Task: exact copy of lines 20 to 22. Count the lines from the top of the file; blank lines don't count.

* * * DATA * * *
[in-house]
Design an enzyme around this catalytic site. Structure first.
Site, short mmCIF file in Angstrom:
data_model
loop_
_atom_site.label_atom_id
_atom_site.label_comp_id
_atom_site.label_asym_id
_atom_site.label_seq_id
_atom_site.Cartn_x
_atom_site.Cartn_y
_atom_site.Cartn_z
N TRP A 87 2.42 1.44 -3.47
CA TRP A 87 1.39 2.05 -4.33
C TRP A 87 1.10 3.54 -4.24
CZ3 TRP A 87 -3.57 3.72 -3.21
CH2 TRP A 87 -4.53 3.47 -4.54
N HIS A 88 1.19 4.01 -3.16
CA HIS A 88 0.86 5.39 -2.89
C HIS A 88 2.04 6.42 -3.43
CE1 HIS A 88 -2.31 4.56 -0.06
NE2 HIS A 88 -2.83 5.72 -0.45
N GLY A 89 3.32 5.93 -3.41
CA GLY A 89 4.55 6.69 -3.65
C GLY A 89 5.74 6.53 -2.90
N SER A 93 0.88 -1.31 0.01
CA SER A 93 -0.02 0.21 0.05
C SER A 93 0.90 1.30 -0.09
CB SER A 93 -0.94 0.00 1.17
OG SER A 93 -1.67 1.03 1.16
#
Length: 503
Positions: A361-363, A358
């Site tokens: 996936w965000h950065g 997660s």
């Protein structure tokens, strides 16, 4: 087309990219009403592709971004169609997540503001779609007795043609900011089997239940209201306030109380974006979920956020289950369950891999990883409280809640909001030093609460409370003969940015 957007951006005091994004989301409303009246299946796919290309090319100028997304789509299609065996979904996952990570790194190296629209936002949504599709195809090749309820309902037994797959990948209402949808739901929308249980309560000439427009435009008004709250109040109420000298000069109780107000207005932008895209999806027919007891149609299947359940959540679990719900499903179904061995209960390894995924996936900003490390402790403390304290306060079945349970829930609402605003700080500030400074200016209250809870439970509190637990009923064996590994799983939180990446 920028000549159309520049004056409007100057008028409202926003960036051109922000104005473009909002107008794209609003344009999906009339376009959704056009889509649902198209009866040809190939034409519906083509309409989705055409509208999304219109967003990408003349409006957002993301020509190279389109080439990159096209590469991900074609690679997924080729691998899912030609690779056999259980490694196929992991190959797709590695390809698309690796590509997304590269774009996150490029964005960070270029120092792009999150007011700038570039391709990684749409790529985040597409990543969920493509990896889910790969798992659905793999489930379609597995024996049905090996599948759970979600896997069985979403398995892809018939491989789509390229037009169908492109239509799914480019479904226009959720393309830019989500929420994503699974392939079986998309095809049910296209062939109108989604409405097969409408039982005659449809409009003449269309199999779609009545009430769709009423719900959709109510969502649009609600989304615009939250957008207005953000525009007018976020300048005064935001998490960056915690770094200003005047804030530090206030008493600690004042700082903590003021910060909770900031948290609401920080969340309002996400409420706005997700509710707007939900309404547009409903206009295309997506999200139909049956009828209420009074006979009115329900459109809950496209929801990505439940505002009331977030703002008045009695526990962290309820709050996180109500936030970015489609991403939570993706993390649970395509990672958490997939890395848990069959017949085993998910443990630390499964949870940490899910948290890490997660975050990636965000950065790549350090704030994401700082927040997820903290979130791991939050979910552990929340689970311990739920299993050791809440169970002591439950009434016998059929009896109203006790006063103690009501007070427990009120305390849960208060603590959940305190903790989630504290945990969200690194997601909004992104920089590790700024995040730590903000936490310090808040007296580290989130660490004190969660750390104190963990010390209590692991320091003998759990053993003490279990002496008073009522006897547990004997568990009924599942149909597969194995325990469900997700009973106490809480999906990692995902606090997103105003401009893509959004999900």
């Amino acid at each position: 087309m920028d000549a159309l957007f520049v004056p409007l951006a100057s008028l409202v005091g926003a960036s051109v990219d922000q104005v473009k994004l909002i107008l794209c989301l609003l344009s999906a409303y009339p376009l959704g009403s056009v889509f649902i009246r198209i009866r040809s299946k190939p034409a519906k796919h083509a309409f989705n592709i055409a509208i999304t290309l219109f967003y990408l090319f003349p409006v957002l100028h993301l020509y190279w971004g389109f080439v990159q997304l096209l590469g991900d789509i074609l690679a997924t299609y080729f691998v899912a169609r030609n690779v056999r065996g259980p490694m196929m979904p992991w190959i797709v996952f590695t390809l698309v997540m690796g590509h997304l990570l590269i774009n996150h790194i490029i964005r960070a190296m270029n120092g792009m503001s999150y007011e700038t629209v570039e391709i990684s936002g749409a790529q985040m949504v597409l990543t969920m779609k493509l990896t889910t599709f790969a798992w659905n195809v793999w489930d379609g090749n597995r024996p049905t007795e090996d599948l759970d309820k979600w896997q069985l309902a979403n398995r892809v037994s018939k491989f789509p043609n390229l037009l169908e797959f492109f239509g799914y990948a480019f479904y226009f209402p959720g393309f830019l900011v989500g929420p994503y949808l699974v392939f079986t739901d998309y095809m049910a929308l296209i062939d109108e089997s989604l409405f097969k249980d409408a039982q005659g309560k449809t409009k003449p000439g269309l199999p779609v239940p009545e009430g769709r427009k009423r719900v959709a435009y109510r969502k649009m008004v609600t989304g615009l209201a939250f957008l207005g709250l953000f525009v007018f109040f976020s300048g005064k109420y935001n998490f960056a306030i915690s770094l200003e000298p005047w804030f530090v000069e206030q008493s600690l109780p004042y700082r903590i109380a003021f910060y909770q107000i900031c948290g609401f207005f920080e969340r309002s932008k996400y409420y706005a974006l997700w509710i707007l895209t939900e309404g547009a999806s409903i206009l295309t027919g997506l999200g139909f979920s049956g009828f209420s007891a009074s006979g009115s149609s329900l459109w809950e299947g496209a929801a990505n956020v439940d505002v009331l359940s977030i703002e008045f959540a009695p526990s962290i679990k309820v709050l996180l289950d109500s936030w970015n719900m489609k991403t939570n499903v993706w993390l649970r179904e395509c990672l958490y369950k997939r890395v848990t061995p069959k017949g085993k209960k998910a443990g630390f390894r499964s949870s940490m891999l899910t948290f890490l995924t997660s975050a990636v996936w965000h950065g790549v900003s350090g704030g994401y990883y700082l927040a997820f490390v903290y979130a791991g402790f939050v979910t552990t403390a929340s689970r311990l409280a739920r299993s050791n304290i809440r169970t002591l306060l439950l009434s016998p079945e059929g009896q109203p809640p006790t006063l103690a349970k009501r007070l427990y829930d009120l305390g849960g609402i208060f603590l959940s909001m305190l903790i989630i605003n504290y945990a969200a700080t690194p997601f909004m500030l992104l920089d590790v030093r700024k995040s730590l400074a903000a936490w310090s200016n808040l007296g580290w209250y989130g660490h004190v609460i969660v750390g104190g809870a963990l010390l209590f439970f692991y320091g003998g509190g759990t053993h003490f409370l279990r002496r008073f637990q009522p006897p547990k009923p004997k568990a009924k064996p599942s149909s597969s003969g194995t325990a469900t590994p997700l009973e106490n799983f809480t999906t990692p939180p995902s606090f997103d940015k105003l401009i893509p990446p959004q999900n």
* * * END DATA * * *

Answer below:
C HIS A 88 2.04 6.42 -3.43
CE1 HIS A 88 -2.31 4.56 -0.06
NE2 HIS A 88 -2.83 5.72 -0.45